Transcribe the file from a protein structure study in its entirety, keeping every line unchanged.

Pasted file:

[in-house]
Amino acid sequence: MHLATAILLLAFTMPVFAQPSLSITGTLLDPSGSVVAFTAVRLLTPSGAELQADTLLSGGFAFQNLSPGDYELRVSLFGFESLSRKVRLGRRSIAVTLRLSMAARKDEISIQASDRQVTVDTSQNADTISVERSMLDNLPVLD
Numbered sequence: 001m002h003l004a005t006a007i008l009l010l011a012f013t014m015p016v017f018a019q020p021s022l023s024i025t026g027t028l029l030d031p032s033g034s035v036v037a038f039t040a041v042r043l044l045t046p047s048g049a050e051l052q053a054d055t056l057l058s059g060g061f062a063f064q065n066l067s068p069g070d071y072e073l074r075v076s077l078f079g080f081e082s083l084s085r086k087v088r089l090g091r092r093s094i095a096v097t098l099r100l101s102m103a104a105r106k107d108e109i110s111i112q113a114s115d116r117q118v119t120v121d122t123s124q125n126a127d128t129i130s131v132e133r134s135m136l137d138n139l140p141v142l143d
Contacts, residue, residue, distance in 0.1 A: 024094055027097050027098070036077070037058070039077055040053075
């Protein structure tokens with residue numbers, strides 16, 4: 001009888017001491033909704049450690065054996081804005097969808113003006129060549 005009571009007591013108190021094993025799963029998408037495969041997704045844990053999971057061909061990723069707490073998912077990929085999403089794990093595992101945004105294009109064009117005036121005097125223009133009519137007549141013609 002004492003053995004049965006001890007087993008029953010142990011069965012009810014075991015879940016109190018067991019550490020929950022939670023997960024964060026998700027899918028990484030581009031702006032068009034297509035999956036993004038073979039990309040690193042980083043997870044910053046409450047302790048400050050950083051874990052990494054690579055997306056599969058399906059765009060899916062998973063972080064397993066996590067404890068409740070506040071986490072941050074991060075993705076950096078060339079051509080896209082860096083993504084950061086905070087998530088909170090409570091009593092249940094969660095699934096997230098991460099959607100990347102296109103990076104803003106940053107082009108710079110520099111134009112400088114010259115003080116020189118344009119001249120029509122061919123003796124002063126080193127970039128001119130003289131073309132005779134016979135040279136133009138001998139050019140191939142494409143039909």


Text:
[in-house]
Amino acid sequence: MHLATAILLLAFTMPVFAQPSLSITGTLLDPSGSVVAFTAVRLLTPSGAELQADTLLSGGFAFQNLSPGDYELRVSLFGFESLSRKVRLGRRSIAVTLRLSMAARKDEISIQASDRQVTVDTSQNADTISVERSMLDNLPVLD
Numbered sequence: 001m002h003l004a005t006a007i008l009l010l011a012f013t014m015p016v017f018a019q020p021s022l023s024i025t026g027t028l029l030d031p032s033g034s035v036v037a038f039t040a041v042r043l044l045t046p047s048g049a050e051l052q053a054d055t056l057l058s059g060g061f062a063f064q065n066l067s068p069g070d071y072e073l074r075v076s077l078f079g080f081e082s083l084s085r086k087v088r089l090g091r092r093s094i095a096v097t098l099r100l101s102m103a104a105r106k107d108e109i110s111i112q113a114s115d116r117q118v119t120v121d122t123s124q125n126a127d128t129i130s131v132e133r134s135m136l137d138n139l140p141v142l143d
Contacts, residue, residue, distance in 0.1 A: 024094055027097050027098070036077070037058070039077055040053075
């Protein structure tokens with residue numbers, strides 16, 4: 001009888017001491033909704049450690065054996081804005097969808113003006129060549 005009571009007591013108190021094993025799963029998408037495969041997704045844990053999971057061909061990723069707490073998912077990929085999403089794990093595992101945004105294009109064009117005036121005097125223009133009519137007549141013609 002004492003053995004049965006001890007087993008029953010142990011069965012009810014075991015879940016109190018067991019550490020929950022939670023997960024964060026998700027899918028990484030581009031702006032068009034297509035999956036993004038073979039990309040690193042980083043997870044910053046409450047302790048400050050950083051874990052990494054690579055997306056599969058399906059765009060899916062998973063972080064397993066996590067404890068409740070506040071986490072941050074991060075993705076950096078060339079051509080896209082860096083993504084950061086905070087998530088909170090409570091009593092249940094969660095699934096997230098991460099959607100990347102296109103990076104803003106940053107082009108710079110520099111134009112400088114010259115003080116020189118344009119001249120029509122061919123003796124002063126080193127970039128001119130003289131073309132005779134016979135040279136133009138001998139050019140191939142494409143039909």